I have been doing GMAT test prep for a long time. While I do score nicely, this was not always so. In fact, the first practice GMAT I sat for was in the low 600s. Having always aced my classroom courses, I was disappointed that my score was not aligned with my academic track record.
I got angry: first with the test-makers for creating a “stupid” exam, and then with myself for not being savvy enough to perform as stellar as I had hoped. Once I stopped doing battle with GMAC, I recalled that every one of my instructors in school had a different way of testing the material they taught and then realized that I did not approach the test correctly. If I were to raise my score, then I needed to acclimate myself to how the test-makers asked questions.
I also thought about my twin sister. She sees things that I am initially blind to, and I see things she doesn’t. Because of her, I realize that there is more than one way to build a house. So I went back to the drawing board. I took a prep course and listened to not only what my instructor had to say, but the insights that my classmates shared. I kept my mind open to different ways of viewing a scenario and attacking questions.
And I was not stubborn. Even when I got a question correct, I wasn’t adamant that my technique was absolute. I was open to all alternative paths to do problems. In time, I became more fluid and began getting more questions correct. With my new found confidence, I started answering questions more quickly. Even when I got a response correct but took too much time getting to the answer, I reached out to others, asking how they arrived at the solution more efficiently.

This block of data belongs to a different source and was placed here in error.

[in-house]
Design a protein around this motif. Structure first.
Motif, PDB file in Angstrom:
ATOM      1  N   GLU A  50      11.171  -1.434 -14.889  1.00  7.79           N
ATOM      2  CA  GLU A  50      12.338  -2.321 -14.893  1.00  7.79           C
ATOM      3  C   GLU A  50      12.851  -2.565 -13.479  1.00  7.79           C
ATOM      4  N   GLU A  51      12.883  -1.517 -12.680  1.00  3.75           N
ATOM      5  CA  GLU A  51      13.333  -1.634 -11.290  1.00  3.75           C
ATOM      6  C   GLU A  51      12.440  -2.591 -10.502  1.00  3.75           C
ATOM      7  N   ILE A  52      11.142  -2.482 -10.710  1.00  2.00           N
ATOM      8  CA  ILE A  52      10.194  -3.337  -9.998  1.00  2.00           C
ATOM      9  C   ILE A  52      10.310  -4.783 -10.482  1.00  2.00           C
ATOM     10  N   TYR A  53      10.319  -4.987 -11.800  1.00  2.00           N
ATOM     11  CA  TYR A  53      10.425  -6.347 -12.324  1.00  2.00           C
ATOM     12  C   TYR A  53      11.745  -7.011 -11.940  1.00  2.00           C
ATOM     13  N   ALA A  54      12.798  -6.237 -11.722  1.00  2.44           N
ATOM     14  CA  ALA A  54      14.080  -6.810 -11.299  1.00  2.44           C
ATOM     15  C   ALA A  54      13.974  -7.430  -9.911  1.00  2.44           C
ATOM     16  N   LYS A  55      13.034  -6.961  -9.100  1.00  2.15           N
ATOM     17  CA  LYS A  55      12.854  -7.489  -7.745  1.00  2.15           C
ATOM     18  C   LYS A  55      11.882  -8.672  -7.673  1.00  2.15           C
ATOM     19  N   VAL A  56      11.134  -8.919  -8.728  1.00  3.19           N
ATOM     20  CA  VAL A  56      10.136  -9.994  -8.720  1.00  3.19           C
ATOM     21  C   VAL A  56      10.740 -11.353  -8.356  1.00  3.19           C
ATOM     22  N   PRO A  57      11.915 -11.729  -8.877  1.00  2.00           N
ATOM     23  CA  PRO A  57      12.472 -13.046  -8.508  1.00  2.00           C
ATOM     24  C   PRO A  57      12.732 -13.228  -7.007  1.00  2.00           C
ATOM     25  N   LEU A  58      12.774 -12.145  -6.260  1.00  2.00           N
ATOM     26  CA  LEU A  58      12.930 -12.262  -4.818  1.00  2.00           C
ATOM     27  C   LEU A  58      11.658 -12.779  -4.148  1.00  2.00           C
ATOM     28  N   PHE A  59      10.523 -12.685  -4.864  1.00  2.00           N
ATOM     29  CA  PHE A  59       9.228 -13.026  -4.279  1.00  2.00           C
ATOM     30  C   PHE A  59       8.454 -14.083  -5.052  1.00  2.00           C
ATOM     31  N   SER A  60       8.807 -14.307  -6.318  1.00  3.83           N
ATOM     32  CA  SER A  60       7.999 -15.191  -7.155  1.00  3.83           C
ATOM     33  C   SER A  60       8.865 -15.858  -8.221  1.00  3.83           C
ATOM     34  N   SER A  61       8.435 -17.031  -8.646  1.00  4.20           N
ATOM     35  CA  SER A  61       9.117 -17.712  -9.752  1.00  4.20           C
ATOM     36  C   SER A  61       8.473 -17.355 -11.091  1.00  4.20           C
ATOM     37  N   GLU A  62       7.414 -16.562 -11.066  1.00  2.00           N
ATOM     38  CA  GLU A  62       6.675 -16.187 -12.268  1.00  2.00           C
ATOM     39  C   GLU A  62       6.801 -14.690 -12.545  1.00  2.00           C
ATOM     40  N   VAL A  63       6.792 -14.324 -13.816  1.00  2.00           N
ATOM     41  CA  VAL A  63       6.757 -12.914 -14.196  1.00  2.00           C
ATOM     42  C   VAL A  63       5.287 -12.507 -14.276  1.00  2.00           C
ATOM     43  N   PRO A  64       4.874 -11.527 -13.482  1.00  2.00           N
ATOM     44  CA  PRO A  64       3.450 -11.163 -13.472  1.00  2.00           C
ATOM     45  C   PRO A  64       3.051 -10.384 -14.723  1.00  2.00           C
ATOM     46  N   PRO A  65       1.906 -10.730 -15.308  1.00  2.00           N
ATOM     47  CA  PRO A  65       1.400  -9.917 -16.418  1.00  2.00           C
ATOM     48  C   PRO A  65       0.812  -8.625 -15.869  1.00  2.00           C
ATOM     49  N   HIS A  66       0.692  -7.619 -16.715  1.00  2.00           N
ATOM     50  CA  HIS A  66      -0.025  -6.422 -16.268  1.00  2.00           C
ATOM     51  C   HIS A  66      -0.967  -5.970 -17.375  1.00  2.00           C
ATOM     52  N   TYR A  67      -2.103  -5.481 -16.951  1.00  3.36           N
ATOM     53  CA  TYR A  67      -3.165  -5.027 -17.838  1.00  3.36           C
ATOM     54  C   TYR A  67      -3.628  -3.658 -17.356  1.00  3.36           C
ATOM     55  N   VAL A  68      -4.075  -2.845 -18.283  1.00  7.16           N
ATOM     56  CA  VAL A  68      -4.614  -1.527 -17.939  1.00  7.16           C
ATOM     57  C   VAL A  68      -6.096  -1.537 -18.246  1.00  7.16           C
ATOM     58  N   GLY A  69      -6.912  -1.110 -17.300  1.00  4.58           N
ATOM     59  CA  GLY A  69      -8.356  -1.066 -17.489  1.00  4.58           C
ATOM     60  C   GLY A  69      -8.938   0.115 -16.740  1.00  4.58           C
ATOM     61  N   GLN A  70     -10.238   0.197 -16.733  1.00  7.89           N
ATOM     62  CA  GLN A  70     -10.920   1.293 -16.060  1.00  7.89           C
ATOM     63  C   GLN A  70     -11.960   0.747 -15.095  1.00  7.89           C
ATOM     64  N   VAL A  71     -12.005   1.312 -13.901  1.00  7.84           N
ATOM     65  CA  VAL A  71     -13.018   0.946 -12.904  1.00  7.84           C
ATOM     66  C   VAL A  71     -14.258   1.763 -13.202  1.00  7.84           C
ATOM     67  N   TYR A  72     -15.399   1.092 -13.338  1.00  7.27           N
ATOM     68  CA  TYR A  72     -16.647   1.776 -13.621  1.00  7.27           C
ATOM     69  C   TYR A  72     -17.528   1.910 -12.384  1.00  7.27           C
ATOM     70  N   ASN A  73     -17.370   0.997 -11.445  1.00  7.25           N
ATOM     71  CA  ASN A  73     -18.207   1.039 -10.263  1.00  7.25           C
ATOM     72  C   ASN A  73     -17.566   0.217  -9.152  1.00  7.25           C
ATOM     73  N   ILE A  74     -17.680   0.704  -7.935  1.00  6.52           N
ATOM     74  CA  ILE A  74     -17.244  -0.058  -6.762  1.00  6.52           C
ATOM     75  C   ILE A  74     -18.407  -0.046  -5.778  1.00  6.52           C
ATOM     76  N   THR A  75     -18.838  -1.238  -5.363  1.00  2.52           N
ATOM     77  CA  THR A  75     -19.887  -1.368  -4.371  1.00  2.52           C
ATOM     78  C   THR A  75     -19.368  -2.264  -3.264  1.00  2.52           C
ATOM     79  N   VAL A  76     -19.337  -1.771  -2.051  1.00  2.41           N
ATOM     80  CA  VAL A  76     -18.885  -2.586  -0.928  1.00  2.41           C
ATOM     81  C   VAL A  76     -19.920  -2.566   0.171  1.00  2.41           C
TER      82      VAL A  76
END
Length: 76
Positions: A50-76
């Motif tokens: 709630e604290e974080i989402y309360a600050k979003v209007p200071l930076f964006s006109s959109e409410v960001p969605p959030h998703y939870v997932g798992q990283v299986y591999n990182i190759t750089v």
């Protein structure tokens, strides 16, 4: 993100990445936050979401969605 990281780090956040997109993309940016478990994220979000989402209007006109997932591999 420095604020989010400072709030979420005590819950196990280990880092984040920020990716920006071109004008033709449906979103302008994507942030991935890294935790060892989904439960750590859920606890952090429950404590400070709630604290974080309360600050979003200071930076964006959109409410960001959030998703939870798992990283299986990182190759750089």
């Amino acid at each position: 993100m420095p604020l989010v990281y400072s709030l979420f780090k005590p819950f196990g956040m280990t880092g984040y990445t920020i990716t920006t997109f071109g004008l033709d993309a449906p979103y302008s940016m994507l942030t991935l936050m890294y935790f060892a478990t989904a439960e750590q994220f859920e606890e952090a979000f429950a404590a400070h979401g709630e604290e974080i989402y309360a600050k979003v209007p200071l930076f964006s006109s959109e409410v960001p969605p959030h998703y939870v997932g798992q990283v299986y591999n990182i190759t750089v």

When I missed a question, instead of getting upset, I tried to figure out what my misstep was, what didn’t I initially see, what did I dismiss. I viewed my errors not as failures, but as areas I needed to improve. I stopped resisting the test. Changing my perspective was the key to changing my performance. With continued practice and diligence, I became adept in this test…even great enough to teach for Veritas Prep.
The GMAT is trainable. You just have to be willing to not fight the process, be receptive to other avenues of approach, and enjoy the challenge. You need to trust your instincts and realize that you are capable. You need to get comfortable with what is tested and how it is tested. And you need to change your mind set. At a later point, I will share with you some of the changes in perspectives that I made that improved my test-taking ability.
John Chismody is a Veritas Prep GMAT instructor based in Pittsburgh, PA. After receiving his BS in Engineering from the University of Pittsburgh, he went onto Duquesne University to receive his Masters. He moved to the Big Apple for a while, then down to South Beach, but has returned to his native home of Pittsburgh and continues to teach for Veritas Prep.